• 28 Min.
    Episode 35: Hiking Snacks

    Episode 35: Hiking Snacks

    035: Hiking Snacks. Released: May 17, 2018
     
    By special request, Adam and Anne take on the issue of what to eat when you're on a day hike with your LCHF family. News * With the end of the school year approaching fast, and summer around the corner, we will be releasing episodes every other week until September. * Those of you with an Amazon Echo can now use it to listen to LCHF Family. To set it up, say the following, pausing between statements:
    Alexa, enable the Low Carb, High Fat Podcast. Alexa, stop.
    When you are ready to listen to the podcast, say, "Alexa, play the Low Carb, High Fat Podcast."
    * We love the Radical Organics Simply Salted Toasted Coconut Chips so much that we way over-bought them as we left the Philippines, so we're going to spread the love. To claim 4 packages of coconut chips, order from one of our affiliates using the links on the Support the Show page. Send a screen shot of your order to lchf@familypodcasts.com. We will confirm the order and send it you your coconut chips. It's that simple! This offer is only available to listeners with mailing addresses in the United States, and it's only available until 10 listeners take advantage of the offer or until September 1, whichever comes first.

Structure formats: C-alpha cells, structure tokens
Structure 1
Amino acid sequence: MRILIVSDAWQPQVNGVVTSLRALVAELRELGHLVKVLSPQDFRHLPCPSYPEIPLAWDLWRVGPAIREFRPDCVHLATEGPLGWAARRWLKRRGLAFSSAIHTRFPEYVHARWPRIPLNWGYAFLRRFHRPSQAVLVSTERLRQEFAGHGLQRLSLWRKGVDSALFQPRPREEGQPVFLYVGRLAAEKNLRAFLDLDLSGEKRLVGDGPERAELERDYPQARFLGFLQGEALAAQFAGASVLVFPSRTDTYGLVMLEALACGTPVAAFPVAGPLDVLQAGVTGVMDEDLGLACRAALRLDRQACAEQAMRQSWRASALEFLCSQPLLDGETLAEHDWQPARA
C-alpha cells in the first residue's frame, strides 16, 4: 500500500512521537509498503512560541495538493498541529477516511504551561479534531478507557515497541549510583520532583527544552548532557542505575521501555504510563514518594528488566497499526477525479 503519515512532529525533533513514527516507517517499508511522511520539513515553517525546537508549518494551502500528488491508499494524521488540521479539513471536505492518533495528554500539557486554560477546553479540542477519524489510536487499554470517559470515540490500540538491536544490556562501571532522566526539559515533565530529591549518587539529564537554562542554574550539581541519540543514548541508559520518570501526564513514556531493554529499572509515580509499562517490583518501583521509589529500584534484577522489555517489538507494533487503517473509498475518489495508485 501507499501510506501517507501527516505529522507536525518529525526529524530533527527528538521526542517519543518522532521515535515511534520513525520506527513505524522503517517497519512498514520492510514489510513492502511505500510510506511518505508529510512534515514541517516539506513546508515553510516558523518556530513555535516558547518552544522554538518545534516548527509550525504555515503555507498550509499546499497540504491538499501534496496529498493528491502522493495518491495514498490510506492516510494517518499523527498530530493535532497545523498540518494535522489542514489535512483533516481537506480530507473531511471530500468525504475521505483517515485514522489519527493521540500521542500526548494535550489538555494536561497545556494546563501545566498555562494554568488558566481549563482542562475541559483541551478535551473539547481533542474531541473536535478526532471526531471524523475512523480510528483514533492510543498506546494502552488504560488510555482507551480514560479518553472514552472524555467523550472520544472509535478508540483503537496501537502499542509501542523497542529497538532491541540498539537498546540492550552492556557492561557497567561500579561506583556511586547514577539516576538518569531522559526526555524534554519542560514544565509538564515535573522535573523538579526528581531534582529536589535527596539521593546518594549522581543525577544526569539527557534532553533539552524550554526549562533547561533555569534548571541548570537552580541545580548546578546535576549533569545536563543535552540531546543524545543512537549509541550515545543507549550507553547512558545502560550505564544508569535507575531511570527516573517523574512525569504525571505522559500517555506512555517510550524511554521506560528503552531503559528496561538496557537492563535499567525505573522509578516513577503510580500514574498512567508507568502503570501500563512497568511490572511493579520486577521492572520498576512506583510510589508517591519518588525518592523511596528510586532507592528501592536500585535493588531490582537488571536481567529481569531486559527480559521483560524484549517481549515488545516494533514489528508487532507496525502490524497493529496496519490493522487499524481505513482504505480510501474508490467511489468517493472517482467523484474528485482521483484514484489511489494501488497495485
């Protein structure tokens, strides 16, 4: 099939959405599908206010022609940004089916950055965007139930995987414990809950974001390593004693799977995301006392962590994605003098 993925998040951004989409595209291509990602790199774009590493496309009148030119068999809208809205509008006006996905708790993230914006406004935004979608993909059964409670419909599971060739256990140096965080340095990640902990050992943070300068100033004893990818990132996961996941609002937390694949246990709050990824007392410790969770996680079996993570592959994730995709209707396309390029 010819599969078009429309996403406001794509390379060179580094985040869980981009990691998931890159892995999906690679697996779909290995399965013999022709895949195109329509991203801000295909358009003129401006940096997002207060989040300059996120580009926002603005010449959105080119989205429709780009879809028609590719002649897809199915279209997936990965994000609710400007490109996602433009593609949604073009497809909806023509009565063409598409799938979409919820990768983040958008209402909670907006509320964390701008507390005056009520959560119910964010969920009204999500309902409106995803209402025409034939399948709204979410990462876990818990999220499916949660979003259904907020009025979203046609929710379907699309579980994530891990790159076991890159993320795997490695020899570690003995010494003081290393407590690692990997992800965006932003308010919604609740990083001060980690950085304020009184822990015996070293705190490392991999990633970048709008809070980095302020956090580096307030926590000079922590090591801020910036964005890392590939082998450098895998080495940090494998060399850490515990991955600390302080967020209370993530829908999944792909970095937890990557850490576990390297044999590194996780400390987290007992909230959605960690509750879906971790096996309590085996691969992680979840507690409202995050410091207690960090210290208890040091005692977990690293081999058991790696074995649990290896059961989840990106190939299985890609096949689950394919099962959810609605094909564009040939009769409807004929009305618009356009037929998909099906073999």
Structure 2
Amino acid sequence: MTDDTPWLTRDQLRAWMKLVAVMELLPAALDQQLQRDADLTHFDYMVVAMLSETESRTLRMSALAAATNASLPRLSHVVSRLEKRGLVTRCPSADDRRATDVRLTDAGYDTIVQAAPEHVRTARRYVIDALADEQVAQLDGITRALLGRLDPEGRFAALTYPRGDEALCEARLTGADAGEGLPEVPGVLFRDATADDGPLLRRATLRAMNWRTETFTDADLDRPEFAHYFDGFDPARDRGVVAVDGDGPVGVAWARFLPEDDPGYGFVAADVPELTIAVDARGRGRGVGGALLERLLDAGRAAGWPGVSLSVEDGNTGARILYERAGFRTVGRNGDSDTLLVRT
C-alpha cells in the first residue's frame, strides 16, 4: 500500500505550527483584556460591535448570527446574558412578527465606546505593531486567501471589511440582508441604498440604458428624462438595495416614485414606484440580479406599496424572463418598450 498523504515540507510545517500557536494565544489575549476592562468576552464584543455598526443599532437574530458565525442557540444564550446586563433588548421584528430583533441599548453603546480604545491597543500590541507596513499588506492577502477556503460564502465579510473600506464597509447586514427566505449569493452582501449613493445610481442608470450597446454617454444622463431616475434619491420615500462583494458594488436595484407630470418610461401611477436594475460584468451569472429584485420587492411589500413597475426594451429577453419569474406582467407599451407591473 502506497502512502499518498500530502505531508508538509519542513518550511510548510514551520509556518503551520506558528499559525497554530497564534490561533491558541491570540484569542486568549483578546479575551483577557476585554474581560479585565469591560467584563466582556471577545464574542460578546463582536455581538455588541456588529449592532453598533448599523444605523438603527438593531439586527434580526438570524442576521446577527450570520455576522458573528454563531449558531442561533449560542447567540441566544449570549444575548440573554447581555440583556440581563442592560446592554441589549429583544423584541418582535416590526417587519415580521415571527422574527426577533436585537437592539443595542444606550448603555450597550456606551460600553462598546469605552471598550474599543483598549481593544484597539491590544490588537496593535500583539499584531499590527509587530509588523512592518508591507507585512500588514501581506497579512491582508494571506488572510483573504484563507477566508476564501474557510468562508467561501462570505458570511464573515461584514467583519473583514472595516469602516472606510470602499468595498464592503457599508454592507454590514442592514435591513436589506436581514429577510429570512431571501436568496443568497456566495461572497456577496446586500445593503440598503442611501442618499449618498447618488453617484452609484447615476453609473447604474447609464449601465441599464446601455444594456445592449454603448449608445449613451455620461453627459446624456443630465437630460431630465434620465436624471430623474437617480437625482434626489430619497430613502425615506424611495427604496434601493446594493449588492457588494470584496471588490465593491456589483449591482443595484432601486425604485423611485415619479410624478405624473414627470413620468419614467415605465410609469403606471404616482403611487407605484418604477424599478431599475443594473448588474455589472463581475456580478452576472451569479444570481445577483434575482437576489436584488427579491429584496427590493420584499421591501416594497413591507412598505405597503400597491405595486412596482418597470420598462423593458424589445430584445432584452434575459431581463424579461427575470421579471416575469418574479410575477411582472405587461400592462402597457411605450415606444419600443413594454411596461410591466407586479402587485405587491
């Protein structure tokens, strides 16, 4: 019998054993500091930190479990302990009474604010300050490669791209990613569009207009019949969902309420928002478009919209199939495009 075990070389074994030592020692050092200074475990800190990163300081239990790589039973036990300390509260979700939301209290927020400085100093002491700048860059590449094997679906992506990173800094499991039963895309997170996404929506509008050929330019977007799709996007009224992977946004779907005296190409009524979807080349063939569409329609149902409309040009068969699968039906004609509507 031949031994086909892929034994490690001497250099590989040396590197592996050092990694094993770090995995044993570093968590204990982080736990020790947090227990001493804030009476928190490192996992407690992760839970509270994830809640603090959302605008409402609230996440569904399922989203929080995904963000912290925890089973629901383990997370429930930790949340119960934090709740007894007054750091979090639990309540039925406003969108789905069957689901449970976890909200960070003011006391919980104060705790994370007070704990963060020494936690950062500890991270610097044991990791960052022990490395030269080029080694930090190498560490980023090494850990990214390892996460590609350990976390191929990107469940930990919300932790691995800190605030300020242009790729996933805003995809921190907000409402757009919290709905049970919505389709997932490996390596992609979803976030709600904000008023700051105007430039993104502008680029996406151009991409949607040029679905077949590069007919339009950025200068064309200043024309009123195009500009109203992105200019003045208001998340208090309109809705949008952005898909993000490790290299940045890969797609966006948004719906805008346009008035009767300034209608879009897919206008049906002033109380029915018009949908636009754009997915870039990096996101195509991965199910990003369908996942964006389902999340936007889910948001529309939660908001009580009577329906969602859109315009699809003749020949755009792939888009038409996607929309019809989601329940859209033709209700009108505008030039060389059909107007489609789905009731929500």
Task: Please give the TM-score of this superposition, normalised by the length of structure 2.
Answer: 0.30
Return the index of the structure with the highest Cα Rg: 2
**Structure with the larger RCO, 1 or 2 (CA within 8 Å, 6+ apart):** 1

Recommendations Made in the Show
    When planning food for your hike, you need to consider whether the participants are fat adapted or not. If there are participants who are not yet fat adapted, you should plan some snacks for them that are higher in carbohydrates to prevent problems with low blood sugar. Those who are fat adapted may not need to snack between meals at all, but if they do, they can keep their snacks LCHF. Those who are not fat adapted but still hoping to avoid added sugars and processed foods are in luck: keep scrolling through the snow notes for our reciped for Real Food GORP. Epic Hickory Smoked Uncured Bacon and Pork Bites are a sugar-free jerky option that would work well for those who are fat adapted. Other snack options are individually wrapped cheese or a hunk of a hard cheese like parmesan, asiago, or romano. Olives, hard-boiled eggs, and pickles would all be good options, too. Or, keep scrolling through the show notes for a recipe for a Savory GORP designed for people who are fat adapted. Listen to the episode for more food recommendations!If you're concerned about being able to pack in enough water for your hike, check out the Katadyn BeFree or the LifeStraw. There are more options on the REI site as well.